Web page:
The Age of Democratic Revolution, which spanned the period between the end of the Seven Years' War in 1763 and the middle of the nineteenth century, witnessed a profound transformation in the role of governments and the ways in which religious institutions shaped the morals and spiritual beliefs of the societies that surrounded them. Nowhere was that transformation more dramatic than in Vermont, where the pioneers who settled New England's northern frontier launched the most radical democratic revolution of the era. There a society arose that was formally committed to the ideals of democracy, equality, and religious freedom, and rejected slavery, monarchy, established churches, and imperial domination.
|Publisher:||Cambridge University Press|
|Product dimensions:||5.98(w) x 8.98(h) x 0.91(d)|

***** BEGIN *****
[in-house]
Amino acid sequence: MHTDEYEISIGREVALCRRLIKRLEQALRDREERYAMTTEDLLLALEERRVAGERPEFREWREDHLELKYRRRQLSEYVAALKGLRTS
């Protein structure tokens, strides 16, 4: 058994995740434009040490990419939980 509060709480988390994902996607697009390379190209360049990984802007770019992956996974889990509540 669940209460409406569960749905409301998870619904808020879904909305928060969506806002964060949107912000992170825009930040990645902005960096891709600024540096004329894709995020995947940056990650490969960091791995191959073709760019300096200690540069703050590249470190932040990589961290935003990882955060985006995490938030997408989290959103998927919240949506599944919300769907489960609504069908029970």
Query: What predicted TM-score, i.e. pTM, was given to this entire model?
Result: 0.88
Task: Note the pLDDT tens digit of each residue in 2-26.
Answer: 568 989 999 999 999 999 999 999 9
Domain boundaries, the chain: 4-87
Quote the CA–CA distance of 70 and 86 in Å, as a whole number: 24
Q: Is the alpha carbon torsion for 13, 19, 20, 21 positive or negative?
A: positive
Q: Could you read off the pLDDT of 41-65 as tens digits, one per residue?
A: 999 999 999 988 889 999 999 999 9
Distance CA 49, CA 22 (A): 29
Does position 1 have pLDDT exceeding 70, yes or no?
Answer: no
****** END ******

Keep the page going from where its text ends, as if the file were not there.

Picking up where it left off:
Table of Contents
List of tables and maps; Acknowledgments; Introduction; 1. The revolutionary frontier, 1763-1800; 2. The failure of the covenanted community and the standing order, 1791-1815; 3. Religion and reform in the shaping of a new order, 1815-28; 4. From an era of promise to pressing times, 1815-43; 5. A clamor for reform, 1828-35; 6. The great revival, 1827-43; 7. A modified order in town life and politics, 1835-50; 8. Boosterism, sentiment, free soil, and the preservation of a Christian, reformed republic; Conclusion; Appendices; Notes; Index.